ranfer

Self locking material

Recommended Posts

Is there a material that behaves like a seat belt ? Locks when fast pulling and allows movement during slow pulling ?

Share this post


Link to post
Share on other sites

Thank you for all the responses,

Also searched for "D3O goo", that is also performing in a similar way.

Share this post


Link to post
Share on other sites
11 hours ago, Carrock said:

Silly putty.

The problem here is that it snaps if stretched too quickly, such as in the case of a seat belt in a collision. It would make a great bumper though, wouldn't it? Or boxing gloves?

Share this post


Link to post
Share on other sites
29 minutes ago, Phi for All said:

The problem here is that it snaps if stretched too quickly, such as in the case of a seat belt in a collision. It would make a great bumper though, wouldn't it? Or boxing gloves?

I was rather intending a fun/annoying quick answer.

I wouldn't be very keen on any seat belt that went rigid just when I wanted it to spread out stresses...

It does have lots of potential uses such as you've suggested. It's 'only' a matter of engineering.

My favourite (Daedalus in New Scientist) was as the paving for (very) short stay parking.

Share this post


Link to post
Share on other sites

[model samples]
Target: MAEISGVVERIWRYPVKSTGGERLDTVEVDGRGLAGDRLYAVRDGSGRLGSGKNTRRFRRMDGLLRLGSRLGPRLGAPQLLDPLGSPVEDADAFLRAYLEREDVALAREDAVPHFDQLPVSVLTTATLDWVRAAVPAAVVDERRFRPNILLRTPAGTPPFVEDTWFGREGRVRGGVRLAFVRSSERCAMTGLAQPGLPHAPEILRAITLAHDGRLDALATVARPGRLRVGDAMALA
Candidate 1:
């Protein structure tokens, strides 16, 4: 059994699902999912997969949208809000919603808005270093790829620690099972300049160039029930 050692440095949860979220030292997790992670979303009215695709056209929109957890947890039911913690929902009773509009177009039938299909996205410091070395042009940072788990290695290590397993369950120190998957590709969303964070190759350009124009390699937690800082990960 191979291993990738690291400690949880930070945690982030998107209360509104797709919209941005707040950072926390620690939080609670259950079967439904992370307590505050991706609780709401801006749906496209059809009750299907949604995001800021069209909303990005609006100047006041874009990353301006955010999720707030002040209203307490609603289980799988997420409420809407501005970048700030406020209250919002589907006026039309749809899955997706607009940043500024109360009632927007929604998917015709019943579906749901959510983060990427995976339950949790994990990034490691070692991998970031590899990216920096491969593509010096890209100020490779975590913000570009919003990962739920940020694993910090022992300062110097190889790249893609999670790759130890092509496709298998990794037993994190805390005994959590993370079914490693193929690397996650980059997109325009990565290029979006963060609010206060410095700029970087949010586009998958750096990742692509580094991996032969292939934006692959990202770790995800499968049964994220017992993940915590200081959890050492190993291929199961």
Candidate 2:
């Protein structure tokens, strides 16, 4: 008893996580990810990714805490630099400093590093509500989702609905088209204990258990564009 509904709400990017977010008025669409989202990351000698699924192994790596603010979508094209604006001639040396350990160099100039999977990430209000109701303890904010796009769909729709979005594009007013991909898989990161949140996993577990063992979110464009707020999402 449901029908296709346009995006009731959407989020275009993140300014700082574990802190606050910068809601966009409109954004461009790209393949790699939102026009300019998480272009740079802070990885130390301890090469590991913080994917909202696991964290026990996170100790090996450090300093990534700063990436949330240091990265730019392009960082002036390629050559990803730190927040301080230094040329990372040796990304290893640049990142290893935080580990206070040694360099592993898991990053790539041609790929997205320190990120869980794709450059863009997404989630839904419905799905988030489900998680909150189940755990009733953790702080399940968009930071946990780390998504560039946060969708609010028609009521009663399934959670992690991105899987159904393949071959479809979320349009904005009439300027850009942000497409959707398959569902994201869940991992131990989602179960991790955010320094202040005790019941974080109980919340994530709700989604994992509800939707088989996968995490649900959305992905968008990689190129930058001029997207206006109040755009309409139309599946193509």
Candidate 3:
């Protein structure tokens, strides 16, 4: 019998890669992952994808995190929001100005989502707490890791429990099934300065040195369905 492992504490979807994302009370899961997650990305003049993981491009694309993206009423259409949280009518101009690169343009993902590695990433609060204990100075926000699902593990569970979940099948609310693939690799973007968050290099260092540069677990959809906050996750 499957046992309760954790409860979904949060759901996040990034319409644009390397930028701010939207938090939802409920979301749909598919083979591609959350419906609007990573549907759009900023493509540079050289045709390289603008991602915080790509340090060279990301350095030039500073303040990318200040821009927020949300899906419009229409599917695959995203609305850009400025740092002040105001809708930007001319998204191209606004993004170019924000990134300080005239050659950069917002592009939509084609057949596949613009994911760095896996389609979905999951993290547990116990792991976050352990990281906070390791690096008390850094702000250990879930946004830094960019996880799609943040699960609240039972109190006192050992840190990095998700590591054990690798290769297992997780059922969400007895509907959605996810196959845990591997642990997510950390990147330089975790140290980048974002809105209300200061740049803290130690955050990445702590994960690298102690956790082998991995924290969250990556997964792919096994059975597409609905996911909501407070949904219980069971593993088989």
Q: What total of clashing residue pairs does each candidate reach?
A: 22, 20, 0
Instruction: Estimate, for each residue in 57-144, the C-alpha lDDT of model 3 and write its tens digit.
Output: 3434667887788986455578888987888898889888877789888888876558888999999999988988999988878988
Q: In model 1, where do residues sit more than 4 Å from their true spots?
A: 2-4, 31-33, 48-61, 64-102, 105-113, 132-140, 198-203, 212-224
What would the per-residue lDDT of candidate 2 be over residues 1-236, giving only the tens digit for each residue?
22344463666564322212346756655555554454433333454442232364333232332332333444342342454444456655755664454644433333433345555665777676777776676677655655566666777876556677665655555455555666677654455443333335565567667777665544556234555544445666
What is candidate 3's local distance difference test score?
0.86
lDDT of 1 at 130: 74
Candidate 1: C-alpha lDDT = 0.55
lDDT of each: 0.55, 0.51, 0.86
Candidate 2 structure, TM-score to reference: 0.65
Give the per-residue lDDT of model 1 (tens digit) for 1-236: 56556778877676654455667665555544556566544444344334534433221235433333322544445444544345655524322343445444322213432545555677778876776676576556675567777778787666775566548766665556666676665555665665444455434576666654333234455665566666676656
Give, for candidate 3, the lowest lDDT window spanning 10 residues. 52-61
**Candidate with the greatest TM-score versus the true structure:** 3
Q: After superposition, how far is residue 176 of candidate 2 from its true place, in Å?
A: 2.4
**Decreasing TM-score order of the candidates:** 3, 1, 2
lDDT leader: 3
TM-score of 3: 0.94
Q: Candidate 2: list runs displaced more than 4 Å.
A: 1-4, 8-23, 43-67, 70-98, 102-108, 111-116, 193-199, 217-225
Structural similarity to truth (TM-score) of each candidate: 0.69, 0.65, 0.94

4 minutes ago, Carrock said:

It does have lots of potential uses such as you've suggested. It's 'only' a matter of engineering.

A liner for bike helmets, maybe. Also, it would be funny to challenge someone to a duel with Silly Putty gloves (they look like rubber, hit like a rock).

12 hours ago, ranfer said:

Is there a material that behaves like a seat belt ? Locks when fast pulling and allows movement during slow pulling ?

I don't think a single material has all the properties you'd need for the kinds of stress you're talking about. Seat belts have multiple systems, including the woven straps for restraint, the tension mechanism, height adjustor, and latch mechanism. 

Also, the seat belt is a proven mechanism. It's ubiquitous from mass production and therefore inexpensive. Anything new has lots of hurdles to overcome in terms of cost efficiency vs lives saved. It's estimated that seat belts save about 15K lives every year in the US alone. 

Share this post


Link to post
Share on other sites

Create an account or sign in to comment

You need to be a member in order to leave a comment

Create an account

Sign up for a new account in our community. It's easy!

Register a new account

Sign in

Already have an account? Sign in here.

Sign In Now